Leaders: Affected by Mindset
One of my favorite educational psychologists is Carol Dweck. Dweck’s idea of the “growth mindset” has been around for a little over a decade and is currently being applied widely in both educational (e.g. as a way to help students combat math anxiety) and business settings. The concepts behind Dweck’s research are quite simple and I believe it is this simplicity that accounts for much of the theory’s broad application and success.
Dweck’s research (2006) demonstrates that when people have a fixed mindset they tend to believe that most traits (their own and others’) are inherited and cannot be changed. People are either smart or they are not. They are athletic or they are not. They are musically talented or they not. Dweck’s research demonstrates that the primary problem with this perspective is that when “smart” people and students believe that they are smart they tend to seek out overly easy or simplistic tasks that confirm their beliefs that they are intelligent. These individuals tend to be very fearful of failure and extending themselves to tackle difficult cognitive (and even physical) tasks because they are afraid that when they do not succeed at these tasks they will be perceived (by others and themselves) as stupid. So these folks tend to avoid new challenges and behaviors. Essentially they avoid change and fail to push themselves toward achieving new challenges.
Conversely, when someone has a growth mindset they tend to believe that intelligence is malleable and can be developed with effort, practice and persistence. When we have this perspective we tend to view “effort” as being highly positive. This effort tends to “ignite” our intelligence and helps it to grow. Dweck considers the brain to be similar to a muscle and the more we work that muscle the stronger and bigger it gets. Dweck’s research shows that students who maintained a growth mindset consistently and significantly outperformed their peers academically.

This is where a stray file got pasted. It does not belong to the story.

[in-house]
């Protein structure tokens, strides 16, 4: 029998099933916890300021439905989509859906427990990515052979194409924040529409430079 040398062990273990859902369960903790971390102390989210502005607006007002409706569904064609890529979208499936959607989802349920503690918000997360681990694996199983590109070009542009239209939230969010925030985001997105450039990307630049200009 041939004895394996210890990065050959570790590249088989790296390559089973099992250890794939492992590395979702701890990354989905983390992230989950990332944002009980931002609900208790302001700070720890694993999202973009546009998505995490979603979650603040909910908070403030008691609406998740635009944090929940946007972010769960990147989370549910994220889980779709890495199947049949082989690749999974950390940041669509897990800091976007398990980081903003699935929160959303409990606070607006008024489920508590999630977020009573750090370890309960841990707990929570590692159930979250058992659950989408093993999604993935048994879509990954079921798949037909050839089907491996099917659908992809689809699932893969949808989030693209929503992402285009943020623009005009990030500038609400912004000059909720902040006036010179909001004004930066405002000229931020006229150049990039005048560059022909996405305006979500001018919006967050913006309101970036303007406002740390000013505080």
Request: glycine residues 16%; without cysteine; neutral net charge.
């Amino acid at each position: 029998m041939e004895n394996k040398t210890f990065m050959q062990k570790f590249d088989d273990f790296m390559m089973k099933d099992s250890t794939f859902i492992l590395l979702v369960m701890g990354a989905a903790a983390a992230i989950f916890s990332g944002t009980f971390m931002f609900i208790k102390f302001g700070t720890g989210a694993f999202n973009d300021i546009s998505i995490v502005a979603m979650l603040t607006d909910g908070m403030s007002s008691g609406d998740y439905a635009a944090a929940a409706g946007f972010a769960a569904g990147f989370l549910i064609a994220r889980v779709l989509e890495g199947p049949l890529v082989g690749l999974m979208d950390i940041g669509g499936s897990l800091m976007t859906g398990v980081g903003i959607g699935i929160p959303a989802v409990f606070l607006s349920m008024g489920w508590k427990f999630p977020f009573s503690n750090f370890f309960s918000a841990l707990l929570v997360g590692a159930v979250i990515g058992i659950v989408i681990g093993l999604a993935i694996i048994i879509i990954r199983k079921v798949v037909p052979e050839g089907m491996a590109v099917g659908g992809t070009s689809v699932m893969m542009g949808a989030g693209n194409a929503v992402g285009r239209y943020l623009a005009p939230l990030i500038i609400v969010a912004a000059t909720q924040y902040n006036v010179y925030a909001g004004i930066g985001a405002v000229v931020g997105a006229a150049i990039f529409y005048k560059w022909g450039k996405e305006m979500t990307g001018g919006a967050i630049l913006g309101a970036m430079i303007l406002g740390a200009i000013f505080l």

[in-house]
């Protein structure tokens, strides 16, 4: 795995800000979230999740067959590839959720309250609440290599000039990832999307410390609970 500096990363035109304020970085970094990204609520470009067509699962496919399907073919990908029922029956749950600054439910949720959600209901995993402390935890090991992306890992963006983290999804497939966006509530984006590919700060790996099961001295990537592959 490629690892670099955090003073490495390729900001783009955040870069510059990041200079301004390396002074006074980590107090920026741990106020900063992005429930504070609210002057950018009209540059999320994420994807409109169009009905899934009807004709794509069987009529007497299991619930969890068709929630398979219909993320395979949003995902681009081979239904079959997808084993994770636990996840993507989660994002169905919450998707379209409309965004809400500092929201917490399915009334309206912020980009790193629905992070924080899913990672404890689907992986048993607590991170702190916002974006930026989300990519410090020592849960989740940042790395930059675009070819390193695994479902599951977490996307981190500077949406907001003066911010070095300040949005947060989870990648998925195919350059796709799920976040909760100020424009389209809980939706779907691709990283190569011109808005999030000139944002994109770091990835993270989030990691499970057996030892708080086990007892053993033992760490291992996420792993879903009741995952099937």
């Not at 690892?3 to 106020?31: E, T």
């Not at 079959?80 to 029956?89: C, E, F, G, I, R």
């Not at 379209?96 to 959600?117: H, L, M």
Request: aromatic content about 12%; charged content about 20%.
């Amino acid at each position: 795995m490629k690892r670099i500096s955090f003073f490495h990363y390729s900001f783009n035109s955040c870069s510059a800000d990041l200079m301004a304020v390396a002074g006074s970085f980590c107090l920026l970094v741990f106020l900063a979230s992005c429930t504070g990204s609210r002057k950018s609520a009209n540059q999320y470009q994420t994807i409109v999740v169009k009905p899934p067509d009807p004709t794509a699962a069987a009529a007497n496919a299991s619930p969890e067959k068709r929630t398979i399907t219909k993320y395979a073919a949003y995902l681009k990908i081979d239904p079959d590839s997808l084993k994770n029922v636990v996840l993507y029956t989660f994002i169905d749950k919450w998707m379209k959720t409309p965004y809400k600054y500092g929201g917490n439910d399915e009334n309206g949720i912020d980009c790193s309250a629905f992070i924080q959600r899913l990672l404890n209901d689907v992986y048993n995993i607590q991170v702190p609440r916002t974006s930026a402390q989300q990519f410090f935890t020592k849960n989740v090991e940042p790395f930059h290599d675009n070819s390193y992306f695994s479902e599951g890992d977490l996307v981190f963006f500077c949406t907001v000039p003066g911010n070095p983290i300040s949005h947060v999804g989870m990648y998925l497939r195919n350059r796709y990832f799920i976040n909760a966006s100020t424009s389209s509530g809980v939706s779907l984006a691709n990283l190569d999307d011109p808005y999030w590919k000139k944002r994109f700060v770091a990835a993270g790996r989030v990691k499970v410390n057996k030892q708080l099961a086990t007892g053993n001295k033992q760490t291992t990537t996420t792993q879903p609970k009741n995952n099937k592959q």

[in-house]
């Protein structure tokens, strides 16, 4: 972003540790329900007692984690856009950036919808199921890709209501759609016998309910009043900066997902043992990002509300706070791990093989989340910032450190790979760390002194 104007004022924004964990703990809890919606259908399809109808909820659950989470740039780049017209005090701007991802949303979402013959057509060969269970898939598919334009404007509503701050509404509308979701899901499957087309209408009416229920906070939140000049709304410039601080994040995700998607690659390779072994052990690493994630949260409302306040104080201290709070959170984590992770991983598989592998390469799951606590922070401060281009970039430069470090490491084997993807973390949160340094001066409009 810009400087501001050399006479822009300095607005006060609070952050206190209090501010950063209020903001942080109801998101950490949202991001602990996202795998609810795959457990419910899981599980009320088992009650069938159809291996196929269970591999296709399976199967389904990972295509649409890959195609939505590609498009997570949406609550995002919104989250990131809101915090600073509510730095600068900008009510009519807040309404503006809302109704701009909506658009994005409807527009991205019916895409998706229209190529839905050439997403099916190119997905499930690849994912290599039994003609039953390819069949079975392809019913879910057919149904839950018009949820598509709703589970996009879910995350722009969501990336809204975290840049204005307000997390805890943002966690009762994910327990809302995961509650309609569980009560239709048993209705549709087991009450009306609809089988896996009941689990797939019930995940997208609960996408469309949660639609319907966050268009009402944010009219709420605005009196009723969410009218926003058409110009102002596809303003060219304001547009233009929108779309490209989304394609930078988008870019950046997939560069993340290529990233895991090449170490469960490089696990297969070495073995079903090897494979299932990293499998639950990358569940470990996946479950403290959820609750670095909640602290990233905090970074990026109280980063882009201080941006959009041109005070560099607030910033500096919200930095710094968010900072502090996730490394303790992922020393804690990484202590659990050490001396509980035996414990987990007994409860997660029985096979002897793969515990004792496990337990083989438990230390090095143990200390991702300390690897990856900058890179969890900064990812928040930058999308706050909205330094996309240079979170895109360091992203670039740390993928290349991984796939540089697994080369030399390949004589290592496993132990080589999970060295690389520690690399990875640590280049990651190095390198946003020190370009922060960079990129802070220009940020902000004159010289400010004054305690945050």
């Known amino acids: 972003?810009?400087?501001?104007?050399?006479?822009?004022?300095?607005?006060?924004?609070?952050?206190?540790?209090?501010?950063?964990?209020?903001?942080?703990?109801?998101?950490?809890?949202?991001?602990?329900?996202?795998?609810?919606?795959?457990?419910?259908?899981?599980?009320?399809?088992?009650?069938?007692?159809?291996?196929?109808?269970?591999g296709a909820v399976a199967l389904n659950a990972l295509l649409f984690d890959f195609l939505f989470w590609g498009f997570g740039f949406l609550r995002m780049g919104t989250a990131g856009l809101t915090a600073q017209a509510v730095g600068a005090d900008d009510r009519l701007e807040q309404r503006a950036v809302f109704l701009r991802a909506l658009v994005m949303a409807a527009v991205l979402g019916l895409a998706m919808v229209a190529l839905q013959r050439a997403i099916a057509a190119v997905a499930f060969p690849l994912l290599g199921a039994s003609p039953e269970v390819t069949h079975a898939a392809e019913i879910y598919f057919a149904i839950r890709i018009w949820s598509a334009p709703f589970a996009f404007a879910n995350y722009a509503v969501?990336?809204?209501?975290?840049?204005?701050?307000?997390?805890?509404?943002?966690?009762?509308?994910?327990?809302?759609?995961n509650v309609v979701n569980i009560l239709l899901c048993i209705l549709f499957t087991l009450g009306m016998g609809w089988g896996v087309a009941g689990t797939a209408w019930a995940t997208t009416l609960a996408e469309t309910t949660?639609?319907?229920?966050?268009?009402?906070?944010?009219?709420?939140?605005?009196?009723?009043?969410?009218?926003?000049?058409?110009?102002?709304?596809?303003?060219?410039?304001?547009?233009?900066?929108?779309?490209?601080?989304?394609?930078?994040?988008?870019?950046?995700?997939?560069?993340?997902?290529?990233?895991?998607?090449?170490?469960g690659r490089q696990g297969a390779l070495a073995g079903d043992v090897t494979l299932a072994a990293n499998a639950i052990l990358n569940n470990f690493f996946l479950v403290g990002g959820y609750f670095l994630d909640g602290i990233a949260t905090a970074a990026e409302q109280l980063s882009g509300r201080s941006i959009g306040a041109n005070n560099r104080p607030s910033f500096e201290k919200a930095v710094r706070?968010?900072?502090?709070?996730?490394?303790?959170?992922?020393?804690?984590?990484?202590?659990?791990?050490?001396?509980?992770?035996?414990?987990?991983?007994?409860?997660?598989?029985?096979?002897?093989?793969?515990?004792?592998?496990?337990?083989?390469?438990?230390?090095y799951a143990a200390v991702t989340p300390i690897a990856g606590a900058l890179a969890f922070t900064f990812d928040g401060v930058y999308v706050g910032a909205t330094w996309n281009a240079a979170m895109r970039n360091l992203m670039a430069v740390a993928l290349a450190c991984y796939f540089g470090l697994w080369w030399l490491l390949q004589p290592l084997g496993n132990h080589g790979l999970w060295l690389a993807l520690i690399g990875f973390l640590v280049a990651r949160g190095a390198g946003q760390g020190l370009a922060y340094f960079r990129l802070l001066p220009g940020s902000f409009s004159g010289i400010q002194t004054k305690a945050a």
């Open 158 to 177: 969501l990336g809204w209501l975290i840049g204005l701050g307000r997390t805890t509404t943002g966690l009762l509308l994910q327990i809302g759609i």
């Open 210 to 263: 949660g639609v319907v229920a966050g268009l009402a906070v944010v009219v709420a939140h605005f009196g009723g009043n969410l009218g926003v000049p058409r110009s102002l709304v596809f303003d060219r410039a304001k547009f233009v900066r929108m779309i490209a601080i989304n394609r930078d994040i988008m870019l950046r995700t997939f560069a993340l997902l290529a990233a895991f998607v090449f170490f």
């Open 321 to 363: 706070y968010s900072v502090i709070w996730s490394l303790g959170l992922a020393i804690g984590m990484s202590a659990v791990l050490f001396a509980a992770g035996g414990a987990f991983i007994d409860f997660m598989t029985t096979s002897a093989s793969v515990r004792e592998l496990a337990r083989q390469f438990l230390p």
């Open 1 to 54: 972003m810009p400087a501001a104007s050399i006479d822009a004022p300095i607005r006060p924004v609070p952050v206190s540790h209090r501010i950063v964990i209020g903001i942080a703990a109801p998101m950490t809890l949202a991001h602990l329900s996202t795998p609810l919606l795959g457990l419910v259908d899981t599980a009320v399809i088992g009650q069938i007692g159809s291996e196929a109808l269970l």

But how exactly do you promote a growth mindset in a leader?
By trying to convince the leader to not only do things differently (e.g. to risk and change) but to do them while being more positive! Does this sound too simplistic? It actually isn't. Getting a leader to express gratitude can actually be quite difficult if the leader feels that there isn't really anything to be all that grateful about. However, if the leader can learn to express gratitude then there are benefits for everyone! Research shows that expressing gratitude is a particularly effective way to increase trust among others is because doing so tends to increase the self-esteem, happiness, and increased pride in both the individual who expresses gratitude and the individual to whom gratitude is expressed (Emmons & McCullough, 2003). We have seen this work in action when we have coached leaders to consider increasing the amount of gratitude that they express toward their employees. It is amazing how entire office cultures can shift when leaders start to focus on their employee’s strengths.
One of our most powerful tools here at 2Human Strategies is our use of some of the tools that positive psychology offers. A growth mindset is highly aligned with our adherence to the tenets of positive psychology because a growth mindset acknowledges the capacity and capability of everyone. ALL of us can be successful if we are given enough support and if we choose to believe that we can improve and change.
Dweck, C. (2006). Mindset: the new psychology of success. New York: Random House.
Emmons, R. A., & McCullough, M. E. (2003). Counting blessings versus burdens: An experimental investigation of gratitude and subjective well-being in daily life. Journal of Personality and Social Psychology, 84, 337–389.